Clearly, we have solid evidence showing that organic foods deliver more bang for the buck. And what mother wouldn’t want to feed her children higher nutrient foods, while reducing their exposure to pesticide residues and other toxins?

Bottom Line
Organic food and farming offers multiple health benefits to farmers, consumers and our larger communities, including the protection of groundwater and drinking water from pesticides and nitrate contamination.

However, many factors affect a food’s nutritional content: seed variety, growing conditions, post-harvest handling, storage time and temperature, and finally, consumer handling. We can harvest the most nutritious bunch of organic spinach on earth, but if we let it sit in the hot sun, or in our refrigerator crisper for a week, or overcook it, we can count on losing nutritional quality.

I advise consumers to choose organic food, handle it with care, and support organic farmers. I also encourage conversations between farmers and consumers. We can all benefit from learning more about the vital connection between soil quality, plant, animal and human health.

We can feel confident that if a farming system is better for the Earth, it’s better for us too.

Melinda Hemmelgarn, M.S., R.D., the “Food Sleuth,” is a MOSES board member, an award-winning writer, speaker, and radio host based in Columbia, Mo. Reach Melinda at
1. USDA National Organic Program:

  1. Clancy, Kate. “Greener Pastures: How Grass-Fed Beef and Milk Contribute to Healthy Eating.” Union of Concerned Scientists. March 2006.

  2. Benbrook, C.M., et al., “Organic Production Enhances Milk Nutritional Quality by Shifting Fatty Acid Composition: A United States-Wide, 18-Month Study. PLOS One, December, 2013.

  3. Brandt, Michelle. “Little Evidence of Health Benefits from Organic Foods, Stanford Study Finds.” Inside Stanford Medicine. Stanford School of Medicine. September 2012.

  4. “Organic Diets Significantly Lower Children’s Dietary Exposure to Organophosphorus Pesticides,” Environmental Health Perspectives, February 2006.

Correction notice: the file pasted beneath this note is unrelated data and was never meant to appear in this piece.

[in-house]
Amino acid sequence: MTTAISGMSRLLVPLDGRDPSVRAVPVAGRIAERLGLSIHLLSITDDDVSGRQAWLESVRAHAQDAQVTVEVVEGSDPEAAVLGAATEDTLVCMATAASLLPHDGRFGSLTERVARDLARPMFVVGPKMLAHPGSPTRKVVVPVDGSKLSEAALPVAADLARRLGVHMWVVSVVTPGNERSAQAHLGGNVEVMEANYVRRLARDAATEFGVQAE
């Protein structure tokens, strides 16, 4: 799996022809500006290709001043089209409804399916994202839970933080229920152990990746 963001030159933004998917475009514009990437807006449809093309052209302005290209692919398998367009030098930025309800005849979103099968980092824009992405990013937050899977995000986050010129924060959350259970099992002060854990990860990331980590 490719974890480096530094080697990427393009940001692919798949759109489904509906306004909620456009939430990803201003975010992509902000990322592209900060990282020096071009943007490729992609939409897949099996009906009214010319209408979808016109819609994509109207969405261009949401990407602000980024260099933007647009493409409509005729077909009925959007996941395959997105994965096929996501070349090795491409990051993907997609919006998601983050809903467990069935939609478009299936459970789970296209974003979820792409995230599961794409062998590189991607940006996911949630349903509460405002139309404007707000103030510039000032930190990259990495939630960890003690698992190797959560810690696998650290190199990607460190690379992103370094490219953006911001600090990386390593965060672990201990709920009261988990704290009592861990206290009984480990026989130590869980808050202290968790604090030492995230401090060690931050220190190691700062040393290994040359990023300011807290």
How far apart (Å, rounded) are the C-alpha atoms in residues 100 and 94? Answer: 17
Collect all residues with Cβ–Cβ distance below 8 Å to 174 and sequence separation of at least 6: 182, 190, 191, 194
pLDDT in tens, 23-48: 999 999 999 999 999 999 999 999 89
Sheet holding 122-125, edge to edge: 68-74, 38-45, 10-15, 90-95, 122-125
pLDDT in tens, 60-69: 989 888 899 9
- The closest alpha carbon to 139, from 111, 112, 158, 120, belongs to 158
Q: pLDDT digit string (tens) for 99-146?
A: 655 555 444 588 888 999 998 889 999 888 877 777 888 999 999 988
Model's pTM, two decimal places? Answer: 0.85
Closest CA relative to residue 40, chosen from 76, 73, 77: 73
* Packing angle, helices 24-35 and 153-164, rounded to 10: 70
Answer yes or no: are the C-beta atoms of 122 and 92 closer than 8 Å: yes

5. Benbrook, Chuck, Ph.D. “Initial Reflections on the Annals of Internal Medicine Paper Are Organic Foods Safer and Healthier Than Conventional Alternatives?: A Systematic Review.’ Center for Sustaining Agriculture and Natural Resources, Washington State University. Sept. 2012.

  6. President’s Cancer Panel Report: “Reducing Environmental Cancer Risk: What We Can Do Now.” U.S. Department of Health & Human Services. April 2010.

  7. Bouchard, Maryse F., Ph.D., et. al. “Attention-Deficit/Hyperactivity Disorder and Urinary Metabolites of Organophosphate Pesticides.” Pediatrics. American Academy of Pediatrics. 17 May 2010.

  8. Grossman, Elizabeth. “‘Organic, Schmorganic’ – Unless It’s Your Child’s Ability To Learn That’s Impaired By Pesticides.” The Pump Handle. ScienceBlogs, LLC.13 September 2012.

10. Landrigan, Philip; Lambertinis, Luca; and Birnbaum, Linda. “A Research Strategy to Discover the Environmental Causes of Autism and Neurodevelopmental Disabilities.” Environmental Health Perspectives. 120:7. July 2012.

  1. Baranski et. al., “Higher Antioxidant and Lower Cadmium Concentration, and Lower Incidence of Pesticide Residues in Organically Grown Crops: A Systematic Literature Review and Meta-Analysis” British Journal of Nutrition, 2014:


From the March | April 2015 Issue

Comments are closed.